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46. ejh - October 2, 2008

Making the point that you can be aware of classical music and still reject it

Well, it depends what you mean by “reject”, I think.

Re: Helfgott, it’s some time since I saw the film and while I recall that his madness is triggered in some way by Rachmaninov’s third piano concerto, I can’t remember whether it is the power of the piece or the sheer difficulty of playing it that is the culprit. Either way, I doubt that madness is any more widespread among aficionados of classical music than anybody else, or among skilled classical musicians more than any other comparable group.

(Of course there is a similar dicsusion about chess: I personally am inclined to the view that it appeals more to the introvert than the extrovert, and it’s quite possible that madness – if we can use that, ah, often misued word – is greater among the former group than the latter. So there’s a connection, but not, I think, a causative one to any significant degree.)

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47. Jim Monaghan - October 6, 2008

George Orwell
Perhpas some might be interested in this series of articles on the somewhat complicated socialist. It is published by Revolutionary History.
Jim Monaghan#

George Orwell: Enigmatic Socialist

Essays by Ian Birchall, Paul Flewers, John Molyneux, John Newsinger, Paul O’Flinn and Peter Sedgwick

Collected and Introduced by Paul Flewers. Socialist Platform Ltd, London, 2005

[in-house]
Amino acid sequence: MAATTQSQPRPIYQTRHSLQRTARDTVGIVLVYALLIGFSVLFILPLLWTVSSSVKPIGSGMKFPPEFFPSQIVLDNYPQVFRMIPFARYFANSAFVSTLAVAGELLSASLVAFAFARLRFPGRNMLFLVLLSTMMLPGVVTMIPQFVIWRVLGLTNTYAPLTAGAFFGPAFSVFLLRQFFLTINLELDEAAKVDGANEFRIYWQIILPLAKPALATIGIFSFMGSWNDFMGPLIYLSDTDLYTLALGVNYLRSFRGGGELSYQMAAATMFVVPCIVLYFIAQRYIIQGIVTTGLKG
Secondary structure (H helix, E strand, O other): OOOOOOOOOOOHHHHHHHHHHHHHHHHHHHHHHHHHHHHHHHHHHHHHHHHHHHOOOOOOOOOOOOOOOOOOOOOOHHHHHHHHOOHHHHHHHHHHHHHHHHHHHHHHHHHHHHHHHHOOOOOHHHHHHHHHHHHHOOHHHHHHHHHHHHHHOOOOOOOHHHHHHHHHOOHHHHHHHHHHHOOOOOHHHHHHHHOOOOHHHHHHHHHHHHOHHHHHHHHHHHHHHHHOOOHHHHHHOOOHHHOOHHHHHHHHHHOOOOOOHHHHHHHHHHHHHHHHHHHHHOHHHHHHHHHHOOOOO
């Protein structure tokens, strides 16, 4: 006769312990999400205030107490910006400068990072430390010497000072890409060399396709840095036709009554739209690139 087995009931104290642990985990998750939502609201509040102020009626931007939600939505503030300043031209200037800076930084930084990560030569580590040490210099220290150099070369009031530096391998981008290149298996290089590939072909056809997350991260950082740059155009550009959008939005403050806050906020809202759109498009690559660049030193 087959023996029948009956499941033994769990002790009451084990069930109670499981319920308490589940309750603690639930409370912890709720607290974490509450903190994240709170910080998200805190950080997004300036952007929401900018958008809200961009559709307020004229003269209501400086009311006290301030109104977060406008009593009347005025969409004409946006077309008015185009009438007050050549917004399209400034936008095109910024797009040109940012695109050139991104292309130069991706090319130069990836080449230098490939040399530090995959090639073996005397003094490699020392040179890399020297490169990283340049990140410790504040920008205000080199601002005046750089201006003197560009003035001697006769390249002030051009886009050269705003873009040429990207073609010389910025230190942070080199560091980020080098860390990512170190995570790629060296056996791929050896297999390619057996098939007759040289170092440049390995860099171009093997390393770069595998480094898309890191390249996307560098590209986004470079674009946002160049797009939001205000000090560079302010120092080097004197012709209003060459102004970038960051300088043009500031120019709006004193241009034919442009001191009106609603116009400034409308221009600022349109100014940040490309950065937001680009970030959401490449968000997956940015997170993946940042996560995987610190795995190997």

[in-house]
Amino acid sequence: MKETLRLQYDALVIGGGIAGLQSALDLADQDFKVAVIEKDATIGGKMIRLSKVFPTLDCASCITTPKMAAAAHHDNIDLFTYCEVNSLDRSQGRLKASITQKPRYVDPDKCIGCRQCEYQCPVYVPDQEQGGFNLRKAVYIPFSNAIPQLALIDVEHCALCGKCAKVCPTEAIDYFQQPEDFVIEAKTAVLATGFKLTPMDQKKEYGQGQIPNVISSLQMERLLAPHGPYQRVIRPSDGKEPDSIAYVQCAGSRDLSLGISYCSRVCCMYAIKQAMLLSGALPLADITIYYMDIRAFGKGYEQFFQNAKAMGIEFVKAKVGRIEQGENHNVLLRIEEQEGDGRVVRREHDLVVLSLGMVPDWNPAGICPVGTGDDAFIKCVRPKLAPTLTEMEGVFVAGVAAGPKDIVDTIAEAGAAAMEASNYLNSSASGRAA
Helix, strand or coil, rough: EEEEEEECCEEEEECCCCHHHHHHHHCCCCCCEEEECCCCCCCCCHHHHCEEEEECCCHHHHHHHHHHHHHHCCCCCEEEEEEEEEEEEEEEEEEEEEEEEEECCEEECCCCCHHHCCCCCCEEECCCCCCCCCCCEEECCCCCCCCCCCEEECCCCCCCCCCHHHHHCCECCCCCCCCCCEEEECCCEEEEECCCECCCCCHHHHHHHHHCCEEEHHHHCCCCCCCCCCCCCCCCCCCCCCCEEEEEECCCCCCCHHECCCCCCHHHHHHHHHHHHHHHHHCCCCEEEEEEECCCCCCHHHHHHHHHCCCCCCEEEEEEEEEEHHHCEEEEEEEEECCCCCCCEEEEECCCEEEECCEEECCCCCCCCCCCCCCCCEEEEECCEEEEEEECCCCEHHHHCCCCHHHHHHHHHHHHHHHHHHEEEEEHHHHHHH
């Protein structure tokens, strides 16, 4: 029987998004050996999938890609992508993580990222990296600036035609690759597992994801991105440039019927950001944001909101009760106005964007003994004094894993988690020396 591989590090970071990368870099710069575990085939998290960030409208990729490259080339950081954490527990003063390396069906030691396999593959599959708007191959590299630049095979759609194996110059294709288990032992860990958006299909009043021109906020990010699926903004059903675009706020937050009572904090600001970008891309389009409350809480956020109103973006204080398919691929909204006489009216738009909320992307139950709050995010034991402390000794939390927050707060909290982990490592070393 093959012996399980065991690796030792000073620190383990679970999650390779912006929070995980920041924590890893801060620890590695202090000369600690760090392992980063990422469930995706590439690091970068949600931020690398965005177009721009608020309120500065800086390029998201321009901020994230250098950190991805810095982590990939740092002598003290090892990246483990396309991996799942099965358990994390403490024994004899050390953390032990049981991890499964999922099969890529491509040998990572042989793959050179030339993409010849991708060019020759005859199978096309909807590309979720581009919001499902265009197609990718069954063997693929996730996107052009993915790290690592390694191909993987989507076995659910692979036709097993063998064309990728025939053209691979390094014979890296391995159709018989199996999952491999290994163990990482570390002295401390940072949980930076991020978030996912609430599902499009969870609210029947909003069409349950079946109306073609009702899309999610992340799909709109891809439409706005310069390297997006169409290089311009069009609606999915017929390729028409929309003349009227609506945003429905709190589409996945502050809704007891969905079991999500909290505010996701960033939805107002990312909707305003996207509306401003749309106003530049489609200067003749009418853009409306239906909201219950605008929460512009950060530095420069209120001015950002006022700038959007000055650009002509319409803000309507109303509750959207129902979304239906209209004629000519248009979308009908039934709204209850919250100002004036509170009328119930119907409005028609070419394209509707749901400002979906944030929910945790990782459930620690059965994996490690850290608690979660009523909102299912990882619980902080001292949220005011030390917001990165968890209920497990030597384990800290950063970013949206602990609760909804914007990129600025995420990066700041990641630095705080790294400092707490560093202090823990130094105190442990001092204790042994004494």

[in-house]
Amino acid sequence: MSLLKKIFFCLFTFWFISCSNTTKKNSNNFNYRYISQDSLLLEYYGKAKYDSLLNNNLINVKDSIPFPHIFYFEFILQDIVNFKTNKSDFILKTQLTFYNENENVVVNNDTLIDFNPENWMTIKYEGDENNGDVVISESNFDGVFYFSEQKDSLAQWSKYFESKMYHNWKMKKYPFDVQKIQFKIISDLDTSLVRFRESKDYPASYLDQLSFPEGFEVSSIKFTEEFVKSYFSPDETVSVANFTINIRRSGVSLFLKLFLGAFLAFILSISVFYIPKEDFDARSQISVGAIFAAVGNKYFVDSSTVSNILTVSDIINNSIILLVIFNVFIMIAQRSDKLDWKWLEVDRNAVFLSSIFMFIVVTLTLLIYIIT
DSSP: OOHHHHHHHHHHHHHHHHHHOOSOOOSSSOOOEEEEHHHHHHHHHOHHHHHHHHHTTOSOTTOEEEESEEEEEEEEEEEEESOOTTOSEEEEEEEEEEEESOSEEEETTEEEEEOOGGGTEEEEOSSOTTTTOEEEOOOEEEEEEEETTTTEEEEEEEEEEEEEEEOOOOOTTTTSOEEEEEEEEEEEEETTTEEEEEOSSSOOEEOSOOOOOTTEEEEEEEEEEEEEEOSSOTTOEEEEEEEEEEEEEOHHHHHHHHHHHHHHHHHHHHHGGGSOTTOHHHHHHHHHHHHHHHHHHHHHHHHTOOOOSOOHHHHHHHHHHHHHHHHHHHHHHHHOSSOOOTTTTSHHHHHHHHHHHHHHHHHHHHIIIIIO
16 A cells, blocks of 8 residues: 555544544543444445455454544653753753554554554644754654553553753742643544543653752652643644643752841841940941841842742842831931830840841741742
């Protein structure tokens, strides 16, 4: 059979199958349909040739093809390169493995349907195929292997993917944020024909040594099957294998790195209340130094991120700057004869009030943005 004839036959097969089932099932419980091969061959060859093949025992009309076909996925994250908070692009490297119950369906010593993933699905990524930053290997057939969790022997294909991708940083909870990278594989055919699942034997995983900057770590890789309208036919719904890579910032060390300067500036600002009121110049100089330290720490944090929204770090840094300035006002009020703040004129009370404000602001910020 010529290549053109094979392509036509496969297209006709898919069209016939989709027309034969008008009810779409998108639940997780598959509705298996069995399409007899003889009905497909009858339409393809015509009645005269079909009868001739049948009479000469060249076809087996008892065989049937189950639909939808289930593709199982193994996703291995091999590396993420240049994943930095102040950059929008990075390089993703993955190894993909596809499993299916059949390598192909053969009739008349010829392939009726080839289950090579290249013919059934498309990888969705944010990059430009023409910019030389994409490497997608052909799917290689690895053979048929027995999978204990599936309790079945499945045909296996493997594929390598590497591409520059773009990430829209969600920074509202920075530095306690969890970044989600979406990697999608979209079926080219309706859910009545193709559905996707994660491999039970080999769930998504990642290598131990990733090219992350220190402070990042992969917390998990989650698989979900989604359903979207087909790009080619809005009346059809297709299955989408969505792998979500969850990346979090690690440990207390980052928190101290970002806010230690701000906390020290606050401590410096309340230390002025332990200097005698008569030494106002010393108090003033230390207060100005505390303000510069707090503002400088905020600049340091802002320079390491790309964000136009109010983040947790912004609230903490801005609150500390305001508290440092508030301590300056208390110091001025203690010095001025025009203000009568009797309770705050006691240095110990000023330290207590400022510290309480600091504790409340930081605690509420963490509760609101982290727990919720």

George Orwell is almost certainly the only socialist to have suffered the indignity of being championed by large numbers of his political enemies. Rather than staking a claim upon him, Dr Flewers and his fellow contributors to this collection, Ian Birchall, John Molyneux, John Newsinger, Paul O’Flinn and Peter Sedgwick, critically assess Orwell’s works, especially Animal Farm and Nineteen Eighty-Four, and conclude that alongside his positive aspects — his clarity of observation, his quest for human decency and his condemnation of the abuse of power — he also demonstrated serious theoretical and political weaknesses that have enabled his legacy to be systematically and wilfully wielded as a weapon against the very ideas for which he fought during much of his adult life.

Contents

* Paul Flewers, Introduction

Orwell’s Socialism

* Peter Sedgwick, George Orwell: International Socialist?

Orwell and Totalitarianism

* John Molyneux, Animal Farm Revisited

* Ian Birchall, Orwell, Ideology and the Working Class

* Paul O’Flinn, Rereading Nineteen Eighty-Four in 1984

* Paul Flewers, ‘I Know How But I Don’t Know Why': George Orwell’s
Conception of Totalitarianism

Orwell and the World

* John Newsinger, ‘Pox Britannica': Orwell and the Empire

* John Newsinger, George Orwell and the Revolutionary Left

* John Newsinger, Destroying the Myth: George Orwell and Soviet Communism

* John Newsinger, Orwell and the Spanish Revolution

* John Newsinger, George Orwell and Searchlight: A Radical Initiative on the
Home Front

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48. ejh - October 6, 2008

Paul O’Flinn, Rereading Nineteen Eighty-Four in 1984

Always liked that piece. (Elitism-detectors may like to know that the author and I attended the same Oxford college.)

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49. Starkadder - October 6, 2008

Thanks for the info, Jim. Also of interest on Orwell
would be Hitchens’ sympathetic Orwell’s Victory (unwisely re-titled
from its superior US title, Why Orwell Matters) and
Scott Lucas’ short critical bio of Orwell.

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50. skidmarx - October 6, 2008

I read a bit of 1984 over someone’s shoulder on the train the other day. He is noticeably off on the lack of need for the Party to have a personality cult. I know I shouldn’t expect a 1-1 corrrespondence, but…

I also saw someone reading Snowcrash by Neal Stephenson, and one of the characters was called Hiro as in Heroes.

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51. WorldbyStorm - October 6, 2008

Hmmm… never much warmed to Stephenson… don’t know why.